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3 Things I’ve Learned Since the Financial Crisis

The great thing about financial panics is that they teach you a lot about yourself and test the boundaries of existing thought which exposes the world to yearn for new understandings. The Great Financial Crisis was one of the most educational periods in finance and economics in modern times.  But it’s funny to look back on the world because, as the old saying goes, the more things change the more they remain the same.  While there was so much to learn from this period I am not so sure that we’ve actually digested all of those lessons. But I know my views have certainly evolved and changed over this period so here’s some of my big takeaways from the post-crisis period. They might not change your mind, but maybe they’ll challenge them a little bit:

  1. Learn to be voraciously open-minded.  People are more interested in confirming what they already know than they are in learning something that forces them to admit they were wrong.  Learning is hard. Assuming you already know everything is much easier. Therefore, when confronted with a big problem the path of least resistance is to fall back on what you think you already know. This is just good old Dunning Kruger (most people think they’re better at things than they really are) and confirmation bias at work. The crisis taught me that I know a lot less than I thought. Around 2010/2011 I got so fed up with the pessimism, politics and biases that I decided to make a concerted effort to be more objective. I decided that I would learn how the system actually works and form an objective view and model that tries to make unbiased and objective determinations. I went through a great evolution in thought during this time and I even promoted some theories that I later learned were wrong (like Modern Monetary Theory).  But the key to all of this evolution and learning was recognizing that I knew less than I thought and that my previous views had been wrong.  The crisis taught me that no one has all the right answers in finance and economics and that you need to be voraciously open-minded to competing views.  Being an independent thinker, avoiding cult-like groups (sorry in advance – Bogleheads, MMT, Austrian Economics, etc) and always asking yourself if you could be wrong, are essential to becoming an objective critical analyst.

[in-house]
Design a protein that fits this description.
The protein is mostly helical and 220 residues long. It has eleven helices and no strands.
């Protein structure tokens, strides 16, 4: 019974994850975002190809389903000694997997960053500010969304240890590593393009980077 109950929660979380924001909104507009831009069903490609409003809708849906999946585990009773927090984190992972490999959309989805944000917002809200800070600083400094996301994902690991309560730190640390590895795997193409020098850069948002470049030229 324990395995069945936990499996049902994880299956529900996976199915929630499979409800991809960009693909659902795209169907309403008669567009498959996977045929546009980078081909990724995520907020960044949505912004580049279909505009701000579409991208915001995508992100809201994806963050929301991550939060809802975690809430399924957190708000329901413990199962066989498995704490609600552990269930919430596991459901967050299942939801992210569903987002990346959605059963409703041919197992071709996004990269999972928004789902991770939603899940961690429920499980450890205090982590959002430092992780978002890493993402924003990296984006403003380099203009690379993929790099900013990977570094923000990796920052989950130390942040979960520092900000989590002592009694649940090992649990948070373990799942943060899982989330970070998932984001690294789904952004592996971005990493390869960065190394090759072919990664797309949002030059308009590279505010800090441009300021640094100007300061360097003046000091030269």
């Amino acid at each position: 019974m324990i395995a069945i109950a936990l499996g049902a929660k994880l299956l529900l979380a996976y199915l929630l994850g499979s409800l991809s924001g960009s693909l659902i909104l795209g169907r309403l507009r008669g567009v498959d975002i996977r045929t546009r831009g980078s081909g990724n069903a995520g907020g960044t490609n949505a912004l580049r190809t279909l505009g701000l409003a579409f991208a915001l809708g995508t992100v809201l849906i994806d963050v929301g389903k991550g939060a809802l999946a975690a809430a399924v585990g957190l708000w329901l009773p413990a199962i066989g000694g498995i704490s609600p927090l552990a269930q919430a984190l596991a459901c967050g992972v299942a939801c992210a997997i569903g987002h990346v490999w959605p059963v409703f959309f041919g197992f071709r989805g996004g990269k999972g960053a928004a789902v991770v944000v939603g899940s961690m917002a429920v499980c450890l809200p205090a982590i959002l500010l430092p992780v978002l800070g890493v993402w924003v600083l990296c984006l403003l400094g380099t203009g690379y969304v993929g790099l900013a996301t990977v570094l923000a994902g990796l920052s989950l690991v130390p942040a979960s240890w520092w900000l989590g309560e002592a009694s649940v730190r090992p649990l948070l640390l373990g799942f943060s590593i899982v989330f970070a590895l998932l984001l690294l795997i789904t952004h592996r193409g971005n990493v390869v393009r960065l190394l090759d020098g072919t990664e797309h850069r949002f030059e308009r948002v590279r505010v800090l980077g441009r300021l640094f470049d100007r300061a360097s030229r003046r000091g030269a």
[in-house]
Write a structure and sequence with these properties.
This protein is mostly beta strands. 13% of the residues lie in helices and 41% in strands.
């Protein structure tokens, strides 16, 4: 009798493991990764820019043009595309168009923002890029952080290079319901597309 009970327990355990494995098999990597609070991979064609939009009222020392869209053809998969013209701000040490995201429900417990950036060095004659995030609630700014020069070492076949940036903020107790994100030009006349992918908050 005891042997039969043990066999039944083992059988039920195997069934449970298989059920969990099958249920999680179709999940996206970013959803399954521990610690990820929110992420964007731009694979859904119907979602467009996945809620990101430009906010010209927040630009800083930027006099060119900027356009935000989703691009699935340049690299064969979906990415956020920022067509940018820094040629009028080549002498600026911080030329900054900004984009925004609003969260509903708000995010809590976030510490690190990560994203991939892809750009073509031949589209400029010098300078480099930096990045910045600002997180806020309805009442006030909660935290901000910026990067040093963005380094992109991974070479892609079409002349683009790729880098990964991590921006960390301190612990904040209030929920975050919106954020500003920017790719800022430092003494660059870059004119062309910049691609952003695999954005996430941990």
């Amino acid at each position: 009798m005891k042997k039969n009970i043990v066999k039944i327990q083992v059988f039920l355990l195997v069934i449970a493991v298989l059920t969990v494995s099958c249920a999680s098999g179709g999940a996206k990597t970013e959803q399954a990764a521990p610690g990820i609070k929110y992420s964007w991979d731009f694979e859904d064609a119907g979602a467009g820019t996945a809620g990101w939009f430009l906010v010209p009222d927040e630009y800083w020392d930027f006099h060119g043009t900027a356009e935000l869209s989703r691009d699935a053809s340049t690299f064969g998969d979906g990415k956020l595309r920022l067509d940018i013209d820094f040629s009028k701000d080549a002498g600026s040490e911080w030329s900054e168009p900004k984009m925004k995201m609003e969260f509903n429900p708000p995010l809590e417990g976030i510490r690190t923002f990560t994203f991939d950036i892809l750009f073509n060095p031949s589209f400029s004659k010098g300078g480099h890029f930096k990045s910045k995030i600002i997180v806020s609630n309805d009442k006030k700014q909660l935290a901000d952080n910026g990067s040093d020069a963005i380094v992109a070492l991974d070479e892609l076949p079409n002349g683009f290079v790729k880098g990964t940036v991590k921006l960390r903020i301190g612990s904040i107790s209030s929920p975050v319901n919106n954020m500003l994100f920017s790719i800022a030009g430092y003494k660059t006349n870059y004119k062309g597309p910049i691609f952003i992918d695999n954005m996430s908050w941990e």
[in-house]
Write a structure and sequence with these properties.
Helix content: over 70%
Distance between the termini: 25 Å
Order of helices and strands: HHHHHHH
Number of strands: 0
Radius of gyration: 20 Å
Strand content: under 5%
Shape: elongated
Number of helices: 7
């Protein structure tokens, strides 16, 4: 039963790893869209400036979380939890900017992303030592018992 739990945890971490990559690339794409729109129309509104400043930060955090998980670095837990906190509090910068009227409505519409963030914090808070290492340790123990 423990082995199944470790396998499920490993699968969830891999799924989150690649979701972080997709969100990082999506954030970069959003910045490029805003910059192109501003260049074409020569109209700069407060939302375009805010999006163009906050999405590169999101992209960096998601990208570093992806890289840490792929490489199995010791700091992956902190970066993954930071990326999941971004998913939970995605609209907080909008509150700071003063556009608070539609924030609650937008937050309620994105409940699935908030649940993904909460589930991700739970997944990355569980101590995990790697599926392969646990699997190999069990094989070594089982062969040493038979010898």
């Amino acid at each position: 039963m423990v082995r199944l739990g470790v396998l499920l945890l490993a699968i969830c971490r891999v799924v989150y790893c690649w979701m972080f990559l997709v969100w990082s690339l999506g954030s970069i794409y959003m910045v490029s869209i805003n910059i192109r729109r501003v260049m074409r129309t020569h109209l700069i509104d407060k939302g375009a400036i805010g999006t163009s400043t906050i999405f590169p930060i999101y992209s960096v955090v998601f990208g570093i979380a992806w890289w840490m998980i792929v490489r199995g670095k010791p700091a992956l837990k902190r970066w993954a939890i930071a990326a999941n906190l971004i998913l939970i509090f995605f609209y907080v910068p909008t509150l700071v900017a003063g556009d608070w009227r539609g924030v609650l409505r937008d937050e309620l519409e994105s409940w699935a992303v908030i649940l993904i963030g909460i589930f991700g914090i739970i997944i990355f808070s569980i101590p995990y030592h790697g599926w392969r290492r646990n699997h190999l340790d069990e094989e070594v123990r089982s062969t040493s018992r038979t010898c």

2. Emotional biases will destroy your portfolio and your economic understandings. The one thing I’ve seen over and over again since the crisis is the destruction of emotional biases.  This is particularly pervasive in political groups where emotions (mainly fear) can trigger strong biases. I’ve busted a ton of economic and finance myths over the last 10 years (see the biggest myths in economics here and the biggest myths in investing here). And I’d argue that most of them stem from some deeply emotional bias. People either have an irrational fear of the financial markets based on biased misunderstandings or they have strong political biases that corrupt their ability to think about economics objectively. When it comes to economics and finance you need to check your emotions and politics at the door.
  3. Perfect is the enemy of the good.  The financial crisis led to a voracious appetite to better understand our monetary world. And while this learning was good, it could also be destructive. For instance, I found myself watching financial TV every day during the crisis only to realize over time that none of that was helping me learn. It was mostly just filling my brain with things I didn’t need to know and exposing me to emotional short-termism. I turned off the TV 5 years ago and I’ve learned infinitely more since.  But this is just one example of how trying to learn too much can be destructive. The reality is, you don’t need to know everything and you won’t ever know everything. The monetary system is too complex and too dynamic for you to understand it all. So it’s better to understand enough that you can be competent, but not so much that you become a danger to yourself. More importantly, in portfolio management the pursuit of perfection is a pitfall in that the grass will always look greener elsewhere. There’s a certain freedom and comfort in knowing that you have a good understanding, a good process and that you don’t need to chase the very best investments or the absolute perfect economic theory. This sort of reverse Dunning Kruger mentality will likely result in better decision making and outcomes over time.

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